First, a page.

‘Without food banks, I probably wouldn’t eat most days’

We speak to those at the sharp end of what's being called the cost-of-living crisis.

It’s being called the cost-of-living crisis and for thousands of families across Scotland, the financial challenges are becoming critical.

One food bank has seen a 40% rise in referrals as people turn to emergency help.

The rise in food prices is being felt in more and more households as budgets are also squeezed by soaring bills for gas and electricity.

STV News spoke to those at the sharp end of the crisis.

The food bank user

Cheryl May struggles with the cost of food and has found a lifeline in an Edinburgh project called LIFT (Low Income Families Together).

“If it wasn’t for this place helping me with food bags, I probably wouldn’t be eating most days,” she says.

“It’s already tough to make ends meet, and with the rising food prices, it’s becoming near impossible.

“I’m seeing it everywhere you go now. It might only be five pence, it might only be ten pence, it might only be a wee 50p, but that’s a big thing for people that are having to budget their money and watch what they’re buying.”

The campaigner

Inflation is running at more than five per cent, which means the cost of everything is going up, but there’s a growing realisation that those who have the least are taking much more of the pain.

The blogger and activist Jack Monroe has been highlighting the issue on social media.

At the campaigner’s local supermarket this time last year, the cheapest packet of pasta was 29p, it’s now 70p – an increase of 141%.

Rice was 45p for a kilo bag, it’s now £1 for a 500g bag – working out at a 344% rise.

Food poverty campaigner Jack Monroe.

Bread was up from 45p to 58p, curry sauce from 30p to 89p and bag of small apples from 59p to 89p.

“Those figures are real, they are accurate, they are reflective of mine and millions of other people’s experiences,” says Jack.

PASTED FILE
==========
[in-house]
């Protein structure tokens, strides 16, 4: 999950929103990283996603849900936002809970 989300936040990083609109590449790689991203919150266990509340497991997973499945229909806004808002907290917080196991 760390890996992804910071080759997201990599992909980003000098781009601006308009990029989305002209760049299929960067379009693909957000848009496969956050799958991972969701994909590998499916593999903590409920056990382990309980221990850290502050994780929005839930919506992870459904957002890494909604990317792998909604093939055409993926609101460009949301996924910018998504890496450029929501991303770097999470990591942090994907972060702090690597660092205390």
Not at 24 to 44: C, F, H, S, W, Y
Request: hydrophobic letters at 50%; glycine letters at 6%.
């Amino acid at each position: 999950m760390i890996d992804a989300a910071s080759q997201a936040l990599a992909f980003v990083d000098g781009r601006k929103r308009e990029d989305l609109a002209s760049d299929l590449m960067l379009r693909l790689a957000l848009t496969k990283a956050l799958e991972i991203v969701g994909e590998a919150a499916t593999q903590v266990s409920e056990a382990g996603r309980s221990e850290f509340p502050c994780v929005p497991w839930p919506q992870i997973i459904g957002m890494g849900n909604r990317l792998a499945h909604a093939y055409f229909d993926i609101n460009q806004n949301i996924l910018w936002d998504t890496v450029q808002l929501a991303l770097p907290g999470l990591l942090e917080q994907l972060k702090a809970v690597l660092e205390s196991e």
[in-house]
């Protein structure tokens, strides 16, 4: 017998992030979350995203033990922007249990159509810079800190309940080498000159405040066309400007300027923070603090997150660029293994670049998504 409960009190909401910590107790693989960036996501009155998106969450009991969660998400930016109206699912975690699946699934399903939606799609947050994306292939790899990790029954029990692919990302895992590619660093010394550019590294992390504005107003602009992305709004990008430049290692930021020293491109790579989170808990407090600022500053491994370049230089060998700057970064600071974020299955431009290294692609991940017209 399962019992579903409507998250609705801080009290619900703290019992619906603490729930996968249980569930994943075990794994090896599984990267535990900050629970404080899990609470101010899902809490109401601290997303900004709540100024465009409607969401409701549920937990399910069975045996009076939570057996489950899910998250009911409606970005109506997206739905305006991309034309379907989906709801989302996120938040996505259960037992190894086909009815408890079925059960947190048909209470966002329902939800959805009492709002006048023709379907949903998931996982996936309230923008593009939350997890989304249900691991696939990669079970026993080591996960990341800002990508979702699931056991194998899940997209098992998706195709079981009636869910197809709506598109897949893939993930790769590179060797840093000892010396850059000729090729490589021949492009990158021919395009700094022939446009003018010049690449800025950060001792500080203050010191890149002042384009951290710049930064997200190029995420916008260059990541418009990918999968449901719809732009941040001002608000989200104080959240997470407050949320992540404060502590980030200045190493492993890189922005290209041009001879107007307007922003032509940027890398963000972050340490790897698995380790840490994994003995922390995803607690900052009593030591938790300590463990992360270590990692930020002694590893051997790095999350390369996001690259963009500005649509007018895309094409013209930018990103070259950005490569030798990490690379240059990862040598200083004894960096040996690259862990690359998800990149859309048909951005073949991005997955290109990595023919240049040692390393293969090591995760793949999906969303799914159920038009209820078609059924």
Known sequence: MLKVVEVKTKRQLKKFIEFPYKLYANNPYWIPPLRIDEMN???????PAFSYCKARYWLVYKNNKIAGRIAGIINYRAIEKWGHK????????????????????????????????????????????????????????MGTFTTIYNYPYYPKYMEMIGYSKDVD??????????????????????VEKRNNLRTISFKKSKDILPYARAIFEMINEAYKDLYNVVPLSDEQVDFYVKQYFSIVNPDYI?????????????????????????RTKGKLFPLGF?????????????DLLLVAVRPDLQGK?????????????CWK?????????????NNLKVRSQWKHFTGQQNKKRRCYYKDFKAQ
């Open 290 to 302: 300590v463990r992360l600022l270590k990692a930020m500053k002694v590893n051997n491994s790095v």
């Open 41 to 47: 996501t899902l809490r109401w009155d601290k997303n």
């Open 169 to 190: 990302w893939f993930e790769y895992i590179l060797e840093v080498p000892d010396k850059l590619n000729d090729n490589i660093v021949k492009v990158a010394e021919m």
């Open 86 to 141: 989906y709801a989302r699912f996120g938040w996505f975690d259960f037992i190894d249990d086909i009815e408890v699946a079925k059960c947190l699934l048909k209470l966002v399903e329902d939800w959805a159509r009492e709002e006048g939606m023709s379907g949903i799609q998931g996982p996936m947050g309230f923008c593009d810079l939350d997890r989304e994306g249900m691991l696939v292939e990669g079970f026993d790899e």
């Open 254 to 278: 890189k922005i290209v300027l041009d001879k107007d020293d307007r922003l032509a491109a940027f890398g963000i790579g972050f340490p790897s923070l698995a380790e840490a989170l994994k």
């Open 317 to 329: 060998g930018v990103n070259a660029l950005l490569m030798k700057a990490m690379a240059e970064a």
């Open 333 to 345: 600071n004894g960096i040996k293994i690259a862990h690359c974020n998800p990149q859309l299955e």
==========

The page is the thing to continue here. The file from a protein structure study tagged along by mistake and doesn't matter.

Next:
“I had a message from a gentleman who said he was going to bed having eaten a teaspoon of toothpaste in order to fool himself into thinking he’d had a meal.”

Food bank volunteers

Volunteers at the East Lothian Food Bank in Tranent put together and send out vital supplies.

They say the biggest thing that brings people there is a lack of income – for whom the basic the necessities of life are unaffordable.

Last month was the busiest they’ve ever had.

“We were expecting it to be busy, I don’t think we were anticipating it being quite as busy as it was,” says staff member Lucy Daniels.

Food banks are seeing a surge in referrals.

“There’s no way we were expecting a 40% increase in the number of referrals we saw. It’s heartbreaking, we’ve all been close to tears or in tears at some point.

“The thing that keeps us going is knowing that if we’re getting food out to people, at least they’re not going to be hungry.”

The meal makers

The Larder, in Livingston, makes meals from scratch for those who need them most.

In a single day, they are helping to feed more than 250 people across West Lothian.

“We believe that access to good quality, fresh, nutritious food is absolutely essential for everybody in our society regardless of their income bracket,” says The Larder’s Angela Moohan.

“We are seeing poverty and food poverty increasing rather than being eradicated, and that has to stop.”